Millennium Village, Segou

by Kate on December 6, 2009

Title: Millennium Village, Segou

Dates: 25th-27th November GPS:

9a. being shown the 6 hectare vege garden I have been very fortunate to spend two days visiting the Millennium Villages of Tiby – a cluster of 11 villages near Segou. I have been looked after by Dr Bocary Kaya, team leader and science coordinator. I also spent time with Severin Omar, an MBA graduate working for The Millennium Promise organisation. On the first day, Bocary asked me to sit in on the annual planning meeting where the direction of the project was presented to the Millennium Village community leaders and employees to be discussed and implemented.

The next day Paddy and I travelled out to the villages with Sev this time to deliver onion seeds to the women working a six hectare market garden. After listening and learning for the last two days I am confident that sustainable changes are occurring and that we will not have another “Oualata situation” in Segou. Like in Potou (Senegal) this initiative has only been going for three years, however within that time there have been dramatic positive changes.

The Millennium Villages are supported and funded by a number of international organisations, however in Segou it seems that the program is being largely implemented by The Millennium Promise, an American organisation based in New York and the UN Development Program. It is also important to note that there are many stakeholders, often a number for each project which comes from international, national and local organisations and governments. While they provide funding for specific projects and control the overall direction, I find it most impressive that the whole project is being implemented and run by local Malian people; leaders, scientists, professionals.

8d. Village women collect their seeds
The purpose of the Millennium Village program across Africa is to implement strategies in villages in selected vulnerable zones to ensure the Millennium Development Goals are achieved by 2015. Dr Kaya explained that while this is also the plan in Segou, they are looking at the development of the region as a whole, using advancements in science and business development to make changes sustainable. Dr Kaya has studied for his masters’ degree in Bedford, UK and earned his PhD in the US. While he could have had a successful life living and working in the US or UK, he has realised and is motivated to make more of a difference in his homeland, Mali where his education, skills and experience are so much in demand.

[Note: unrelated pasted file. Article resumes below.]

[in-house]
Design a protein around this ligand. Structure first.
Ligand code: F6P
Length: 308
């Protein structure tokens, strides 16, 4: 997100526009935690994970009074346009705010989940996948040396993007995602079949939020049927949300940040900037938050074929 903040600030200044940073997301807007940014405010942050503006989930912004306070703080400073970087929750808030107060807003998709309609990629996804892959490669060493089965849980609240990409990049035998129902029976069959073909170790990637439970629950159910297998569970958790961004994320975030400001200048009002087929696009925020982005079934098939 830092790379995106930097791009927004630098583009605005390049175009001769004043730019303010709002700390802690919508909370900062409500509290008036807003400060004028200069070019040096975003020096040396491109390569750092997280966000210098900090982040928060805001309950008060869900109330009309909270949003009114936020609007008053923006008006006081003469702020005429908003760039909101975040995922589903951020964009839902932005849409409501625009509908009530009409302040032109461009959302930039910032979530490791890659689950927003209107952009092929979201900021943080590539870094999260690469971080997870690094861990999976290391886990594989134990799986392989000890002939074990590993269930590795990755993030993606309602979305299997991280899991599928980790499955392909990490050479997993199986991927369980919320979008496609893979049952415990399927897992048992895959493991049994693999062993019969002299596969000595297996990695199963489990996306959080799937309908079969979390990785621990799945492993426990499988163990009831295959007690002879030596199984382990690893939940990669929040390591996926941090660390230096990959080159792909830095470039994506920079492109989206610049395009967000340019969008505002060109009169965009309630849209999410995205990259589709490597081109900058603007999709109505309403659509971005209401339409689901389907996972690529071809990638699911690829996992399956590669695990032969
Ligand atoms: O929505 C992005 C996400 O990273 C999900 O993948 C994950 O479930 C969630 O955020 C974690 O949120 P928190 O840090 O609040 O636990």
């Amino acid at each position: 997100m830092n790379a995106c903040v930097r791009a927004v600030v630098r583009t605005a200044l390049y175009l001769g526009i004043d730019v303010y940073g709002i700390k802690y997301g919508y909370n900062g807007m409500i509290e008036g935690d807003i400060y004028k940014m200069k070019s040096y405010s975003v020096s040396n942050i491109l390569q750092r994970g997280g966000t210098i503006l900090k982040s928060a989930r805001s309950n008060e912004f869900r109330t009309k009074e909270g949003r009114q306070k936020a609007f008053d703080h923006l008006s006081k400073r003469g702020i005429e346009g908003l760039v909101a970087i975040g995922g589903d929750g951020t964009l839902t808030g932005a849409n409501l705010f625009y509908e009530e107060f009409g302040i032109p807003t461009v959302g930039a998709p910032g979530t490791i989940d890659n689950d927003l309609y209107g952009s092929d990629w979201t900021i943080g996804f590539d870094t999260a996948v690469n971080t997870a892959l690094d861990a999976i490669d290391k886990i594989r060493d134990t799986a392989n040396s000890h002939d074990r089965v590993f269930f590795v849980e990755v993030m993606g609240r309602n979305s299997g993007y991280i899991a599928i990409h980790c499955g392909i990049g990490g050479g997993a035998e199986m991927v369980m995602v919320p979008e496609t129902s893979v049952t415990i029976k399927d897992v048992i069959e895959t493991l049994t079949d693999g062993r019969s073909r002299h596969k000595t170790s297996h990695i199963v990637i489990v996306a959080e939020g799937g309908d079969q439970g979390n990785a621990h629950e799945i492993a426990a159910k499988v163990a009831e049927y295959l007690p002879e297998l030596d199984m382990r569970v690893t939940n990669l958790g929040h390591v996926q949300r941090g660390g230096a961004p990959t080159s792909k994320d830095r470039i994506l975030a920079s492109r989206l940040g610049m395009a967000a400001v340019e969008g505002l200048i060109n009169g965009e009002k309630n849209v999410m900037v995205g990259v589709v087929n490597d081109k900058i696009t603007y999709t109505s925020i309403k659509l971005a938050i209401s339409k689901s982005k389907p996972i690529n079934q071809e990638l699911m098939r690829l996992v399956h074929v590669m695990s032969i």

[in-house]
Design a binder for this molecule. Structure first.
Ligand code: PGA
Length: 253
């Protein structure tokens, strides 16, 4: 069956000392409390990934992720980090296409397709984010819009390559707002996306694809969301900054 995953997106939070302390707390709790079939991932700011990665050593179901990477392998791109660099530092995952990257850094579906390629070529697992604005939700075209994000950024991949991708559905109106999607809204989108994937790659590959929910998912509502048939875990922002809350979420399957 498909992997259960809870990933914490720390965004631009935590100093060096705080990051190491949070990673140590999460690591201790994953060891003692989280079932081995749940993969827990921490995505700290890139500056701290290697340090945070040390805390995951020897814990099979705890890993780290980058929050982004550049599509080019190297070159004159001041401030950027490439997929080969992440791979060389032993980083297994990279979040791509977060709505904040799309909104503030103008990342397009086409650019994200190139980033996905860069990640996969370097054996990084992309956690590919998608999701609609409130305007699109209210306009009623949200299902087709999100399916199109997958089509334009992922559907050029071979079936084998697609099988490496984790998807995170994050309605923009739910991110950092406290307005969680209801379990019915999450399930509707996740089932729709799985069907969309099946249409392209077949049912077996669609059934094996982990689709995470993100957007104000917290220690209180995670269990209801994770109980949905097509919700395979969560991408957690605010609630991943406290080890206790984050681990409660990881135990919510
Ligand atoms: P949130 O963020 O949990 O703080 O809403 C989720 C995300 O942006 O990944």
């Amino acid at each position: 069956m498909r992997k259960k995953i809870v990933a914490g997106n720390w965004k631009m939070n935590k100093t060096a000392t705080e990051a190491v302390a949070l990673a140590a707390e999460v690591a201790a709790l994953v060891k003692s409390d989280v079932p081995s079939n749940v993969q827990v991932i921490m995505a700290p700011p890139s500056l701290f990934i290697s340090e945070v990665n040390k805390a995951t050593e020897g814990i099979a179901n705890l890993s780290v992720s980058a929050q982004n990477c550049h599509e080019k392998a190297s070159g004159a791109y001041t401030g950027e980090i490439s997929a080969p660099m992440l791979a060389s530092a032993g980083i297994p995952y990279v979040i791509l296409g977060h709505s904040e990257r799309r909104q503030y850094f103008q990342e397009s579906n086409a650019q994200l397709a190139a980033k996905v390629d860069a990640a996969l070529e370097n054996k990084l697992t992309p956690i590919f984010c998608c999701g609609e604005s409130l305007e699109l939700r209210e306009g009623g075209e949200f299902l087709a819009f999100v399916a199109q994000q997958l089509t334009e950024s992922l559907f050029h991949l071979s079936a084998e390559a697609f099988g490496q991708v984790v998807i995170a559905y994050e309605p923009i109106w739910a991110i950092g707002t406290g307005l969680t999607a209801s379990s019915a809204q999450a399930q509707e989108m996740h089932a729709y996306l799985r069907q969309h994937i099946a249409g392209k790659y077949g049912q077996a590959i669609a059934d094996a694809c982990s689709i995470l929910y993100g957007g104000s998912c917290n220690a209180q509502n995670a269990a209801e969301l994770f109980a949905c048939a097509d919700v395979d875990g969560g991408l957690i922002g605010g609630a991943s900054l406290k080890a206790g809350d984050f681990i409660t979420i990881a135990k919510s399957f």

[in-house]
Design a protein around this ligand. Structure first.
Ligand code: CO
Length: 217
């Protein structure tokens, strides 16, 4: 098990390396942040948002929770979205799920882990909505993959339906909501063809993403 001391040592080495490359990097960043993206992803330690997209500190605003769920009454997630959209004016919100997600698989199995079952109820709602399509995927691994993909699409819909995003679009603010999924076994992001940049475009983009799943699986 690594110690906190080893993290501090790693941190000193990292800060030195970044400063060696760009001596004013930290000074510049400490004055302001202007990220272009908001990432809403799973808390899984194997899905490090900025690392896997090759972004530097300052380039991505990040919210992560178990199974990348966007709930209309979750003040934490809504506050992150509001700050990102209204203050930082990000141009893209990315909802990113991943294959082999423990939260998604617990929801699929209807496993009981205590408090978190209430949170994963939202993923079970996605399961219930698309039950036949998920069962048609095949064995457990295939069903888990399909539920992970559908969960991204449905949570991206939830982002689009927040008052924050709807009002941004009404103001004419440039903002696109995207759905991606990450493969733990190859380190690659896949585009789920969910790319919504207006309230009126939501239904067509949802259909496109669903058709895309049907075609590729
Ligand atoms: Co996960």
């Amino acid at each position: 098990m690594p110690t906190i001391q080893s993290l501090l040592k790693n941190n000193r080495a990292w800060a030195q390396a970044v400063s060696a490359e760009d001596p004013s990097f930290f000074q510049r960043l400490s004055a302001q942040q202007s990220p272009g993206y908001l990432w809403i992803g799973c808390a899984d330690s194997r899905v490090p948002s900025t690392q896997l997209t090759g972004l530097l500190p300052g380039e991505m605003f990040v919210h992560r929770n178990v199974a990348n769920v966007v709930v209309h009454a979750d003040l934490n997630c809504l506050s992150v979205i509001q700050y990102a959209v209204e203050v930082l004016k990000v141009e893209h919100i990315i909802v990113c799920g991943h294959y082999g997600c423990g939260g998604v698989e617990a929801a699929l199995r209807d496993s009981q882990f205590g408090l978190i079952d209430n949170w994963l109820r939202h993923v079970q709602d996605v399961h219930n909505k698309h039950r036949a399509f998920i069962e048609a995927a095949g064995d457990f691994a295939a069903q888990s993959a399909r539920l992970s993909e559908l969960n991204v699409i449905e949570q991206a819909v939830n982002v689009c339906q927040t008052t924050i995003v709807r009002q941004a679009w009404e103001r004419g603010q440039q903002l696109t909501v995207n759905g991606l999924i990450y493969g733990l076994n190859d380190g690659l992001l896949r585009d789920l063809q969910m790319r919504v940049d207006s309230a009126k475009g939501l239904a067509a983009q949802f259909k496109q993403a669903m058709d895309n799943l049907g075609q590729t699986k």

The meeting took place in Dioro, the largest village (approximately 20,000 people), on the banks of the Niger River, 60km north of Segou. Over about four hours the development strategy for the next year was presented by different specialists, led and facilitated by Dr Kaya. The meeting was in French, but I could get the gist of it all, made notes and was able to clarify the main details with Bocary afterwards. Infrastructure was first. Details were outlined for the improvement of roads, irrigation banks, transport, street lighting and importantly communications. In the next year there will be improvements in mobile phone reception and internet connections; communications being key to sustainable development. Food security is a big issue here with unreliable rainfall and climatic conditions not too dissimilar to what we experience in much of Australia. The river is the lifeline here for just about everything; food production (irrigation, fishing), transport, forestry. Presented were detailed plans for use of fertilisers (urea, di-ammonia phosphate) for staple crops such as millet, sorghum, rice. An artificial insemination program is being introduced to improve the standard of the herds for milk and meat production. New specifically designed milking machines will also be introduced which can process 1000 litres a day, pasteurise, pack into one litre bags, and control the temperature for storage.